SOUTH PARIS — A Peru man led police on a high-speed chase this week, running several vehicles off the road before he crashed, police said.

Jesse R. Arsenault, 35, of Peru appears in Rumford District Court by videoconference Wednesday from Oxford County Jail in Paris on a string of charges stemming from a police pursuit Tuesday. Christopher Williams screenshot

Jesse R. Arsenault, 35, appeared Wednesday in Rumford District Court by videoconference from Oxford County Jail. A judge set his bail at $5,000 cash on eight charges stemming from the chase.

But, Judge Tammy Ham-Thompson also ordered Arsenault be held without bail pending hearings to revoke his bail in two earlier criminal cases.

Maine State Police Trooper Nicholas L. Young wrote in an affidavit that he noticed the gray pickup truck Arsenault was driving through Andover at about 2:15 p.m. Tuesday.

Young had received complaints about a truck matching that description being operated by someone who appeared to be impaired, he wrote.

The truck left at a high rate of speed, which Young clocked at 82 mph in a 30 mph zone, he wrote. Young noticed the truck crossing the street’s centerline, suggesting the driver was impaired. He pursued the truck with lights and siren, eventually reaching speeds of 112 mph, but was barely able to keep the truck in view, according to his affidavit.


“I saw the vehicle weave on both sides of the road and, at one point, cause three vehicles to leave the roadway,” Young wrote.

At the point where Elm Street turns into East Andover Road at a bridge, Young wrote that he noticed skid marks and a cloud of dust. Believing the truck may have crashed, he peered through the dust and noticed the truck off the right side of the road, its driver climbing out.

A utility pole had been cracked by the impact, a guy wire snapped and an electrical wire downed, Young wrote. A street sign had been struck and pulled from the ground, he wrote.

Police found open beer cans in the truck, puddles on the floor and a strong odor of alcohol in the truck, he wrote.

Young handcuffed the driver, who identified himself as Arsenault.

“I smelled the extremely overwhelming odor of intoxicating liquor on his breath,” Young wrote. “Arsenault was slurring his words and his eyes were extremely glassy and bloodshot.”


Asked whether he had any injuries or needed medical attention, Arsenault told Young he hadn’t.

After asking several times to use his phone to call his lawyer, he told Young he was “just scared, made a mistake and that this was the worst possible timing,” Young wrote.

He found the drivers of the vehicles that had been forced off the road by the truck and they wrote witness statements, Young wrote in his affidavit.

When Young was away from his cruiser, he was told that Arsenault, who had been placed in the front passenger seat, had unbuckled his seat belt, found his phone in the cruiser’s front seat and had called his mother.

“He told her he f—ed up real bad and was going to jail,” Young wrote.

Arsenault repeatedly unbuckled his seat belt and slipped his hand out of his cuffs to try to use his phone. His legs were eventually shackled, Young wrote.


During the drive to Oxford County Jail, Arsenault began yelling and moving in his seat. He unbuckled his seat belt and was trying repeatedly to slip out of his leg restraints, Young wrote.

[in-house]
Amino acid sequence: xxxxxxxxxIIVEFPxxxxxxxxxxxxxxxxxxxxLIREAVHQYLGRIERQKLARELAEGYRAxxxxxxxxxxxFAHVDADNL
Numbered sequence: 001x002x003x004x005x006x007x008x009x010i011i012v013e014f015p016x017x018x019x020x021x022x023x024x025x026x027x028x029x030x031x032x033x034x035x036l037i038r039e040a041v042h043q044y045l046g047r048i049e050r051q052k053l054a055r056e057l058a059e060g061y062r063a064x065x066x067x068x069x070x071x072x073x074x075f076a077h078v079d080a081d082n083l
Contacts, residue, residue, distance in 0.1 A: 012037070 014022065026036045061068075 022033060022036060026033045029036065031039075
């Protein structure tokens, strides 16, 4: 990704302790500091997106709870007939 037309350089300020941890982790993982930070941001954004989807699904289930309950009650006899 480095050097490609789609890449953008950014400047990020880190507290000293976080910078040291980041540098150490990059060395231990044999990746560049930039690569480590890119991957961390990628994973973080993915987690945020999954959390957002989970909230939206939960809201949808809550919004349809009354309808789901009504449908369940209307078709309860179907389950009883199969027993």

Arsenault yelled when Young tried to speak on his police radio. He smashed the police laptop computer stand and kicked the cruiser’s console, Young wrote.

He later learned that Arsenault’s actions had disabled the police radio system in Young’s cruiser.

At the jail, Young asked Arsenault if he would take a breath test for alcohol consumption. Arsenault wouldn’t answer, Young wrote.

Arsenault was charged with eluding an officer, reckless conduct with a dangerous weapon and aggravated criminal mischief, each felony punishable by up to five years in prison.

He also was charged with the following misdemeanors: criminal operating under the influence; driving to endanger; criminal speed; failure to stop for an officer; criminal mischief; and violation of condition of release.


At Arsenault’s court hearing Wednesday, prosecutors said he had a criminal history that included convictions for theft, burglary and operating under the influence, and probation violations.

Defense attorney Maurice Porter told the judge Arsenault suffered a concussion, neck and spine injuries and a broken hand that had not received medical attention.

“He needs to get to a hospital,” Porter said.

Arsenault also had a child custody hearing scheduled for Thursday.

“Jail is the last place he needs to be,” Porter said.

“How do I look at these allegations, look at his criminal history and not have concern over the safety of the public?” Judge Ham-Thompson asked Porter.


He told the judge that Arsenault could be placed on house arrest.

Assistant District Attorney Richard Beauchesne said Arsenault’s conduct during his transport to jail suggests he could not be trusted to comply with house arrest.

“If these allegations are to be believed, I think it would be an unacceptable risk given the severity of these charges to leave that in Mr. Arsenault’s hands and expect him to do it,” Beauchesne said.

The judge set bail at $5,000 cash with the condition that Arsenault be prohibited from having alcohol, for which he can be searched and tested if he’s suspected of having it or having consumed it.

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